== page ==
Don’t eat this! Four of the worst foods ever

Jun 16, 2017 | 0 comments

I apologize in advance for the rant but today I’m just fed up.  Sometimes I can’t help myself.  From least worst to worst worst foods ever manufactured, here are the four manufactured foods that have no place in a healthy diet.

#4: Ramen noodles

Recently, while listening to NPR’s Morning Edition, I had the extreme displeasure to hear an ode to ramen noodles, a positively fawning tribute to the man whose claim-to-fame was inventing “Cup Noodles” forty-five years ago this month. You know, those dehydrated strands of fake food packaged in a Styrofoam cup, accompanied by a package of powder labeled ‘flavoring’.

“Revolutionary”, they said. “Innovative”.  “Popular”.  No doubt.  They reported 97 billion packages of instant ramen sold globally in 2015 — available in more than 80 countries, including Ecuador.

Ramen are cheap and they contain calories, Gee, no wonder they’re a perennial favorite of cash-strapped college kids.

Well, you might ask, what’s so bad about noodles in a cup?

They’re not food in any traditional sense of the word…they’re junk carbs and industrialized fat…high in sodium and woefully low in protein, and devoid of fiber. They’re made from treated flour, preserved with unpronounceable ingredients — how else could they remain edible for a year or more on the shelf?

The packaging itself is disturbing: some cups contain bisphenol-A, or BPA, an ingredient in many Styrofoam cups, and is an endocrine disruptor linked to many health problems including obesity and increased risk for some cancers.

Although the Harvard Health Letter says “some” BPA-free Styrofoam cups can be used safely in the microwave, I won’t. There could be other chemicals that are equally harmful, especially when heated in the microwave.  Only use glass or cookware labeled “microwave safe”…never plastic or Styrofoam.

“Enriched” flour has been stripped of nutrition and then a few essential micronutrients are added back.  Other ingredients: industrial vegetable oils, typically palm oil; salt (lots of sodium); different sources of sugar including corn syrup and dextrin; flavors; and monosodium glutamate (MSG).

Read the nutrition facts label carefully — some of the cup-noodle nutrition facts panel list two servings per container…well, do you eat just half? Or do you eat whole thing?  One container serves up more than 1,400 mg of sodium, more than 60%  of the daily recommendation in just one cup.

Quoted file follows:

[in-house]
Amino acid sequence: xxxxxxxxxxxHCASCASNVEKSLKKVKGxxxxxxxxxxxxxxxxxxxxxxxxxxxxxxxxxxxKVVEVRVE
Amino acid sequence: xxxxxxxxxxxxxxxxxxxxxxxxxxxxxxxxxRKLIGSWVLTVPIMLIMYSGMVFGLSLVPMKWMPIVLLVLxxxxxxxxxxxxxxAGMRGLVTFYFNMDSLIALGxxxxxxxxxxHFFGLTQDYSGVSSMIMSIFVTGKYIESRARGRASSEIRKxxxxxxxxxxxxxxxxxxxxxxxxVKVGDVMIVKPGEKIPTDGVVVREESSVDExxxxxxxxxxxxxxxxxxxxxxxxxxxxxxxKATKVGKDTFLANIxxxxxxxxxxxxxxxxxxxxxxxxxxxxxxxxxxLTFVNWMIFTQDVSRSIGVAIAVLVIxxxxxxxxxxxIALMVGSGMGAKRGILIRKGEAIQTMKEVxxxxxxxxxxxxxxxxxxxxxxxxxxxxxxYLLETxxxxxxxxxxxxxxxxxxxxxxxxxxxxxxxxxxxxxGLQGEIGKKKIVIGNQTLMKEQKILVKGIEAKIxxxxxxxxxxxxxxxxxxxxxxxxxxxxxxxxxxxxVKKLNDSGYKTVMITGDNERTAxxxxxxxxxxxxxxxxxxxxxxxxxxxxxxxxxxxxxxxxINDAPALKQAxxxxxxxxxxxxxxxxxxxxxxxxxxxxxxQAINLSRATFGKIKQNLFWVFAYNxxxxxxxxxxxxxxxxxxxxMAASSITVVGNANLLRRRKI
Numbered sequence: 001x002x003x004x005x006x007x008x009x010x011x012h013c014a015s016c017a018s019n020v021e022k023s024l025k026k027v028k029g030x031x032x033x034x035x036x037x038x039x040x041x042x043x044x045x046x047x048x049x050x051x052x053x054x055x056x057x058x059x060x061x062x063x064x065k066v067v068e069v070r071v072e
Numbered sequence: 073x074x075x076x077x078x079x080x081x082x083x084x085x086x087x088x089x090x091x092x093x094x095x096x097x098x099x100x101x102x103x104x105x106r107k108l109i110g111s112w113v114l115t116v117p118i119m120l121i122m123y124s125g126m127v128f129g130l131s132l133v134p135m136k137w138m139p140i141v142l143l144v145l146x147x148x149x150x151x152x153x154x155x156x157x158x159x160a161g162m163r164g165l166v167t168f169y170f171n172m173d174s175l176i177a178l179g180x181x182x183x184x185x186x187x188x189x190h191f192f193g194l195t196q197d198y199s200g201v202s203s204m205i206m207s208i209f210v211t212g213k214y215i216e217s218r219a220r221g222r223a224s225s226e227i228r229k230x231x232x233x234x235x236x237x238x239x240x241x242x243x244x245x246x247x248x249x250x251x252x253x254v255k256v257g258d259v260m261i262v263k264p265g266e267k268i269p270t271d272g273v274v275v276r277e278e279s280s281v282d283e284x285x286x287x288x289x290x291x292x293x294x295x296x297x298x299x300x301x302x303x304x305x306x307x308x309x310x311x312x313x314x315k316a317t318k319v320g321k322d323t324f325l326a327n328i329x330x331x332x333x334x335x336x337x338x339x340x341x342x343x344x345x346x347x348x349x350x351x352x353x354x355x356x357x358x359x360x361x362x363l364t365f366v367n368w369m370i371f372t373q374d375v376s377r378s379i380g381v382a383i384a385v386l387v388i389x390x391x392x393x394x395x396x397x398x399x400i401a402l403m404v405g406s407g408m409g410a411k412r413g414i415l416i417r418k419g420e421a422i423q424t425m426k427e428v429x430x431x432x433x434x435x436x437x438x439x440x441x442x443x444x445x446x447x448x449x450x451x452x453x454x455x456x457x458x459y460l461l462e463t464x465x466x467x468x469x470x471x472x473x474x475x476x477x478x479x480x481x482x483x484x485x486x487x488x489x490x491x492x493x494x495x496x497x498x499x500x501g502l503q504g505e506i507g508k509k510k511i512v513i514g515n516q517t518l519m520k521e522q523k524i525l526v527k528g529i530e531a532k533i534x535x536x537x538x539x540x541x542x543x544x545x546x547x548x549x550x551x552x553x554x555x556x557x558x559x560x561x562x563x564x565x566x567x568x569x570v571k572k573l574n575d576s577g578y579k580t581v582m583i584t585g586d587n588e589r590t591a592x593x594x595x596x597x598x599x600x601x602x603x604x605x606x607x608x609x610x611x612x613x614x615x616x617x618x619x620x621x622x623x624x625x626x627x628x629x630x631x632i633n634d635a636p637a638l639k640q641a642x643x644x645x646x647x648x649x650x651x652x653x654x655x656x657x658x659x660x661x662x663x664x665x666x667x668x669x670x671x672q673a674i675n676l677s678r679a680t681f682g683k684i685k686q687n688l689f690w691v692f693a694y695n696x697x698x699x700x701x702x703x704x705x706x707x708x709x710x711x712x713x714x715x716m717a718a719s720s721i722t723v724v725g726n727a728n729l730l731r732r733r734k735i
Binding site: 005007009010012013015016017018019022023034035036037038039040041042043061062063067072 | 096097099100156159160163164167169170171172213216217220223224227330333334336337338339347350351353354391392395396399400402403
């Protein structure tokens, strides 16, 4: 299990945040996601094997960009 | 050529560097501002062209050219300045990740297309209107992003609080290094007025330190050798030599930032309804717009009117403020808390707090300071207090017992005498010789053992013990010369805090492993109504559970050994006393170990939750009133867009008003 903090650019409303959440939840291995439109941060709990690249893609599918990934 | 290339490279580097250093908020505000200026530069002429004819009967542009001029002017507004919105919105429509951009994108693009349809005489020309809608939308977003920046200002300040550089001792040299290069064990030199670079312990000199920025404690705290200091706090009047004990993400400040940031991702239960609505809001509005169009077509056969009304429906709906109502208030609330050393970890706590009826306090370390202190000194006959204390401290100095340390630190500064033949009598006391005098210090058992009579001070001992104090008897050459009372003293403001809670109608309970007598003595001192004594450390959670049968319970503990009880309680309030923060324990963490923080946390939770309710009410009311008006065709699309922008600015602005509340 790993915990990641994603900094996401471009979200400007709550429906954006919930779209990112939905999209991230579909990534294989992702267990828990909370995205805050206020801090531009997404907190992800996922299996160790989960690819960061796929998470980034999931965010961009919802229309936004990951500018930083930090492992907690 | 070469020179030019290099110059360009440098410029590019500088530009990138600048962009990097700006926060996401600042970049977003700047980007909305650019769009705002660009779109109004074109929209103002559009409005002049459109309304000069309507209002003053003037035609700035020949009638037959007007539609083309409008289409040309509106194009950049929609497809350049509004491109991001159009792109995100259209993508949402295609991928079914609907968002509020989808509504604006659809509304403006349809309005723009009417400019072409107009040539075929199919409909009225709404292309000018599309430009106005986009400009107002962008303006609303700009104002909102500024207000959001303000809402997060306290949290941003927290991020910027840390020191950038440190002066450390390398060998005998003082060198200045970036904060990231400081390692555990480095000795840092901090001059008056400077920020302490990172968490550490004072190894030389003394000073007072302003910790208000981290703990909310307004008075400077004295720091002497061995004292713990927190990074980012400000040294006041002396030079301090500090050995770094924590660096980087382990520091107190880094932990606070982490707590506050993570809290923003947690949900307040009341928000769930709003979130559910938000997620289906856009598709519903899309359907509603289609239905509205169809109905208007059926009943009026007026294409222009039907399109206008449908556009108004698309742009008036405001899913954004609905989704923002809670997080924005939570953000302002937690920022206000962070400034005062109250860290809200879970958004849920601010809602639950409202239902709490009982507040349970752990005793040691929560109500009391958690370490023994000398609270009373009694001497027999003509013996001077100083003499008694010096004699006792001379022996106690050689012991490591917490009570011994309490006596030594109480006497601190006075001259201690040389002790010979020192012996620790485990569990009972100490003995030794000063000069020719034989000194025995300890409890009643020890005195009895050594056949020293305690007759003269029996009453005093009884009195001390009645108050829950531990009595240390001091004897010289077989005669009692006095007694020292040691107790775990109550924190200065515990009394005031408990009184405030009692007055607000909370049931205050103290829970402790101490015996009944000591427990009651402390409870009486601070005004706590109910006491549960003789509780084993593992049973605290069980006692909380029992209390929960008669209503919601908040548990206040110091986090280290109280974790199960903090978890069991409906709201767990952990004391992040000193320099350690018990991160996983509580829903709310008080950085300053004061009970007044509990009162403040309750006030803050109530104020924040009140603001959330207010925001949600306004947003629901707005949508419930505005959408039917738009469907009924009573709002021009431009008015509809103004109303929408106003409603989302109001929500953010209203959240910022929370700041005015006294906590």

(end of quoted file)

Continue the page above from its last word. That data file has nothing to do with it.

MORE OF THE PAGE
#3: Microwave popcorn

If it comes in a strange, flat bag that produces a cloying “buttery” smell when it’s microwaved, it’s junk food.  Most major supermarket brands of microwave popcorn line their bags with perfluorooctanoic acid (PFOA — a chemical used to keep the paper clean and crisp).  This chemical is released when the bag is heated in the microwave. Butter-flavored popcorns may be flavored a chemicals called diacetyl, which if inhaled could be dangerous.  Just think…when you take that bag out of the microwave and open it, do you typically breathe in the steam?

Real popcorn is high in fiber and contains a bit of protein…it’s naturally no-sodium and low-calorie…that is, when it’s real popcorn made from real corn.

I use an air popper (they sell them all around town — I’ve seen them in Coral and Sukasa).  I’ll make popcorn on the stovetop and it’s just as easy.  Use one tablespoon of your favorite virgin oil to ¼ cup of popping corn or make your own microwave popcorn. Add your favorite popping kernels to a small paper lunch bag, fold the top down a few times and microwave on high until you hear only a few pops every five seconds and you’re done.

#2.  Salchipapas

Hot, nutritious calories, sustainable, inexpensive. Living in Cuenca, you might think I’m talking about an almuerzo of beans and rice, some chicken soup with quinoa and lentils, or maybe some chochos with chopped cilantro, tomatoes and onions.  All around town you can get a good plate of food for little money…maybe $1.50 or $2.  But in downtown Cuenca, where storefronts on Calle Larga juggle for business, kids are hooked on cheap, fatty, salty, and chemical-laden calories.